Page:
...the liquidation or voluntary administration of the company automatically extinguishes any director penalty which was not already the subject of a Director Penalty Notice (s 269-25 of the TAA [Taxation Administration Act 1953]) issued more than 21 days prior to the commencement of the insolvency administration or where the associated SGC liability was not reported for more than three months at the time that the administration commenced. Given that the reporting date for SGC is two months following the end of the quarter, it is often the case that the eventual liquidation of the company extinguishes the director penalties related to the past eight months of the company's unpaid superannuation obligations.[74]

6.95      Similarly, in an article in the University of New South Wales Law Journal by Dr Tess Hardy and Professor Helen Anderson, the two academics outlined their concerns with the adequacy of the DPN system:

Companies wishing to avoid these (and possible other) liabilities can simply liquidate or enter voluntary administration before three months has elapsed without reporting or paying their SGC liabilities. In such circumstances, the directors will face no personal consequences, even if the ATO later identifies the lack of superannuation payment. The business may then be reborn through a 'phoenix' company and the behaviour continues.[75]

Committee view

6.96      The committee is concerned by the apparent deficiency of the current DPN framework as it relates to unpaid SG by companies that become insolvent. The committee is of the view that this unintentional loophole must be urgently addressed in order to stop unscrupulous employers from engaging in fraudulent phoenix activity and avoiding their superannuation obligations.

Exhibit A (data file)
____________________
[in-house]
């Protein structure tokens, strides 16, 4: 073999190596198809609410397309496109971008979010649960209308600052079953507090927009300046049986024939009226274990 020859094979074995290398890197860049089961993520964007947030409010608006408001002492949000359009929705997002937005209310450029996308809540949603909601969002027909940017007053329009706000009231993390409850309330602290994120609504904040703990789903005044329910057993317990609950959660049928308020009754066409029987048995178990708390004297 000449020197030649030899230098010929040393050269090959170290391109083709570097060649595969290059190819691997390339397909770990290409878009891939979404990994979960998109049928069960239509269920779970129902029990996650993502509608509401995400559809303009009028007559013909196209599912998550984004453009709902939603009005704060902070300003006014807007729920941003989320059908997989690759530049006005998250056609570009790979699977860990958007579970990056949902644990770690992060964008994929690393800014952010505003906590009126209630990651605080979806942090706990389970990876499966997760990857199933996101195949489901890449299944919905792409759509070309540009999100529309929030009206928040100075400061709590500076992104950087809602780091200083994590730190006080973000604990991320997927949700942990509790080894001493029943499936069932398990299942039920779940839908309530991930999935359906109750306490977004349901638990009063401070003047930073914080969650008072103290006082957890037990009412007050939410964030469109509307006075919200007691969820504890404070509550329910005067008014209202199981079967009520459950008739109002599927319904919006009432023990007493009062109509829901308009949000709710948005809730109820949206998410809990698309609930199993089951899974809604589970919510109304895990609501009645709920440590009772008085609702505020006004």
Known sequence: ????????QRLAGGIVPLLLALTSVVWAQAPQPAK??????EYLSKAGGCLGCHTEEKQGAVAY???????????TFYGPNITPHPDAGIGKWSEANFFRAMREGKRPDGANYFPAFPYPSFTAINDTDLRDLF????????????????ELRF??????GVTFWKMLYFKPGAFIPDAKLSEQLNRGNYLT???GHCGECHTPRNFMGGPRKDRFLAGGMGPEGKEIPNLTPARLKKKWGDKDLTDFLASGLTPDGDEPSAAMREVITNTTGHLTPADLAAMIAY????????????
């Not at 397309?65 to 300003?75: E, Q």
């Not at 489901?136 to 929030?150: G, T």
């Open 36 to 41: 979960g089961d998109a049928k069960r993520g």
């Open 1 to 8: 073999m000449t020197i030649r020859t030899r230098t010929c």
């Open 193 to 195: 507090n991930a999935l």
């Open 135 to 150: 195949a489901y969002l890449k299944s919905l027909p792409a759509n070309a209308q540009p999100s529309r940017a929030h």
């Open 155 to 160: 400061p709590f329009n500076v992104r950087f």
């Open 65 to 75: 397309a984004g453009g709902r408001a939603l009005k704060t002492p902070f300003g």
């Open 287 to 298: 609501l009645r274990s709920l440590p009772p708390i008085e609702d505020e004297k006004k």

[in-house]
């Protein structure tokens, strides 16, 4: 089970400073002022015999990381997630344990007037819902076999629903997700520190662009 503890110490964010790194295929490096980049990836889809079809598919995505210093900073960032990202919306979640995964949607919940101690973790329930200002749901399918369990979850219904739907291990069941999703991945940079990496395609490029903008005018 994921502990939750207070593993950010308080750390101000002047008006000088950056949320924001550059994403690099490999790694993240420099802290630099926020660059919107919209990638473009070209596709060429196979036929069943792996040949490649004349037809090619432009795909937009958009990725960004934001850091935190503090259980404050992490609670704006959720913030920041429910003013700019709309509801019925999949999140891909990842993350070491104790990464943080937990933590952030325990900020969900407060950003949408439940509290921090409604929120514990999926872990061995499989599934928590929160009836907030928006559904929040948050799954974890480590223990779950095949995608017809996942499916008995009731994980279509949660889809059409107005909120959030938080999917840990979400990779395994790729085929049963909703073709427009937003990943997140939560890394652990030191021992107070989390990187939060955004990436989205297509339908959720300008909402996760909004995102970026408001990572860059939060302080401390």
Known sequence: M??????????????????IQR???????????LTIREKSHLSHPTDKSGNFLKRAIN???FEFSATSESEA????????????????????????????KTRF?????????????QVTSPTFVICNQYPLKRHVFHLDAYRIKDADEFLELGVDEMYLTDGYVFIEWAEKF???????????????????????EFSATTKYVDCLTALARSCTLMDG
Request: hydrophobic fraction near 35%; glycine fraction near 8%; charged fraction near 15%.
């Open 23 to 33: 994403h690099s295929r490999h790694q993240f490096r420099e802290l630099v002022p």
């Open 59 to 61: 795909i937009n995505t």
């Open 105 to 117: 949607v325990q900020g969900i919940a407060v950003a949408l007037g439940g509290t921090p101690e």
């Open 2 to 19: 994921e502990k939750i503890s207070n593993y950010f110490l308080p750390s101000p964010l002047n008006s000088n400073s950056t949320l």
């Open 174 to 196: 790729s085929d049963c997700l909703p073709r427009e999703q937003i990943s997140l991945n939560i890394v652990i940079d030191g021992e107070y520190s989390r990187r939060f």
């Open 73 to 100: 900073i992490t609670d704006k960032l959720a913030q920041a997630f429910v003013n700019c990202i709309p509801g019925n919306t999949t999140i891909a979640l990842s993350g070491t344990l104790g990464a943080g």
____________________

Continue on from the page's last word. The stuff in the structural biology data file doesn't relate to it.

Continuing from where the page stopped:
Recommendation 19

6.97      The committee recommends that the government investigate potential legislative amendments to strengthen the ATO's current ability to recover SGC liabilities through the Director Penalty Notice framework in order to stop company directors undertaking fraudulent phoenix activity and avoiding their SG obligations.

Impact of illegal phoenix activities

6.98      Phoenix activity is generally based upon the failure or abandonment of one company, only to have a second company 'rise from the ashes' of the first, with the same controllers and business. Such activity is illegal when, in a breach of directors' duties, the intention of the company's controllers is to shed debts while continuing what is essentially the same business through the new entity. The non-payment of taxes and employee entitlements, including SG, is often the core objective of illegal phoenix activity.[76]

6.99      A February 2017 report by Professor Anderson and colleagues at the Melbourne Law School entitled 'Phoenix Activity: Recommendations on Detection, Disruption and Enforcement' recommended the use of director identification numbers (DIN) for all company directors to allow ASIC and other regulators to monitor and track repeat offenders engaging in illegal phoenix activity.[77]